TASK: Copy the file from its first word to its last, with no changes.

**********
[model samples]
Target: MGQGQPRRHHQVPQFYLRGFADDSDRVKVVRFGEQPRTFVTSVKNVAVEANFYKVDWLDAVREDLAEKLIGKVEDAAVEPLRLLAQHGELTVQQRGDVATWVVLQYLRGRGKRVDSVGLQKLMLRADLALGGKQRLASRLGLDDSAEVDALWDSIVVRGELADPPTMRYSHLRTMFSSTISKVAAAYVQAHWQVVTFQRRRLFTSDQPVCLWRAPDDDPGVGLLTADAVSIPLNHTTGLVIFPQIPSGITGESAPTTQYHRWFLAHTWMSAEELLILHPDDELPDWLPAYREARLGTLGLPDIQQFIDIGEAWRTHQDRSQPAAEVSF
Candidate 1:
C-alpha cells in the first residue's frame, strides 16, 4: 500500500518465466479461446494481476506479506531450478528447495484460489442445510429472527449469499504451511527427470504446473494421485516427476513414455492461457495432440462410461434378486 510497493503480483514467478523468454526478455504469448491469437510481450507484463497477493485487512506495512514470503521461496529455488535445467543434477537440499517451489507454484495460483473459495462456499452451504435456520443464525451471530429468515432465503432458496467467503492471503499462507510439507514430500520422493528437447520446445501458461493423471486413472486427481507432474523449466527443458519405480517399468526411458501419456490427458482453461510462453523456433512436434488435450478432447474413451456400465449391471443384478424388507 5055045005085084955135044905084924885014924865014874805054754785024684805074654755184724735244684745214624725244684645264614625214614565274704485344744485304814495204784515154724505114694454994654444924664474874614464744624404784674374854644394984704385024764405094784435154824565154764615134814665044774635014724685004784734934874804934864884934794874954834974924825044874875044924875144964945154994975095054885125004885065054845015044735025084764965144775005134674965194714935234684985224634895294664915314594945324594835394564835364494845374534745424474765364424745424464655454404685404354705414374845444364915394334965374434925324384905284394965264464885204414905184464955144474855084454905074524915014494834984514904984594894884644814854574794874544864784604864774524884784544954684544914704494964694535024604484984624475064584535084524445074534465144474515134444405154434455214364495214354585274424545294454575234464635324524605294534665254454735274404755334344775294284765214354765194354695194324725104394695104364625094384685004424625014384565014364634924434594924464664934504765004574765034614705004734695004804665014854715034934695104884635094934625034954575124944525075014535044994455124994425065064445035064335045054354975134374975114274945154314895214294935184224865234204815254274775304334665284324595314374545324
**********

[model samples]
Target: MGQGQPRRHHQVPQFYLRGFADDSDRVKVVRFGEQPRTFVTSVKNVAVEANFYKVDWLDAVREDLAEKLIGKVEDAAVEPLRLLAQHGELTVQQRGDVATWVVLQYLRGRGKRVDSVGLQKLMLRADLALGGKQRLASRLGLDDSAEVDALWDSIVVRGELADPPTMRYSHLRTMFSSTISKVAAAYVQAHWQVVTFQRRRLFTSDQPVCLWRAPDDDPGVGLLTADAVSIPLNHTTGLVIFPQIPSGITGESAPTTQYHRWFLAHTWMSAEELLILHPDDELPDWLPAYREARLGTLGLPDIQQFIDIGEAWRTHQDRSQPAAEVSF
Candidate 1:
C-alpha cells in the first residue's frame, strides 16, 4: 500500500518465466479461446494481476506479506531450478528447495484460489442445510429472527449469499504451511527427470504446473494421485516427476513414455492461457495432440462410461434378486 510497493503480483514467478523468454526478455504469448491469437510481450507484463497477493485487512506495512514470503521461496529455488535445467543434477537440499517451489507454484495460483473459495462456499452451504435456520443464525451471530429468515432465503432458496467467503492471503499462507510439507514430500520422493528437447520446445501458461493423471486413472486427481507432474523449466527443458519405480517399468526411458501419456490427458482453461510462453523456433512436434488435450478432447474413451456400465449391471443384478424388507 5055045005085084955135044905084924885014924865014874805054754785024684805074654755184724735244684745214624725244684645264614625214614565274704485344744485304814495204784515154724505114694454994654444924664474874614464744624404784674374854644394984704385024764405094784435154824565154764615134814665044774635014724685004784734934874804934864884934794874954834974924825044874875044924875144964945154994975095054885125004885065054845015044735025084764965144775005134674965194714935234684985224634895294664915314594945324594835394564835364494845374534745424474765364424745424464655454404685404354705414374845444364915394334965374434925324384905284394965264464885204414905184464955144474855084454905074524915014494834984514904984594894884644814854574794874544864784604864774524884784544954684544914704494964694535024604484984624475064584535084524445074534465144474515134444405154434455214364495214354585274424545294454575234464635324524605294534665254454735274404755334344775294284765214354765194354695194324725104394695104364625094384685004424625014384565014364634924434594924464664934504765004574765034614705004734695004804665014854715034934695104884635094934625034954575124944525075014535044994455124994425065064445035064335045054354975134374975114274945154314895214294935184224865234204815254274775304334665284324595314374545324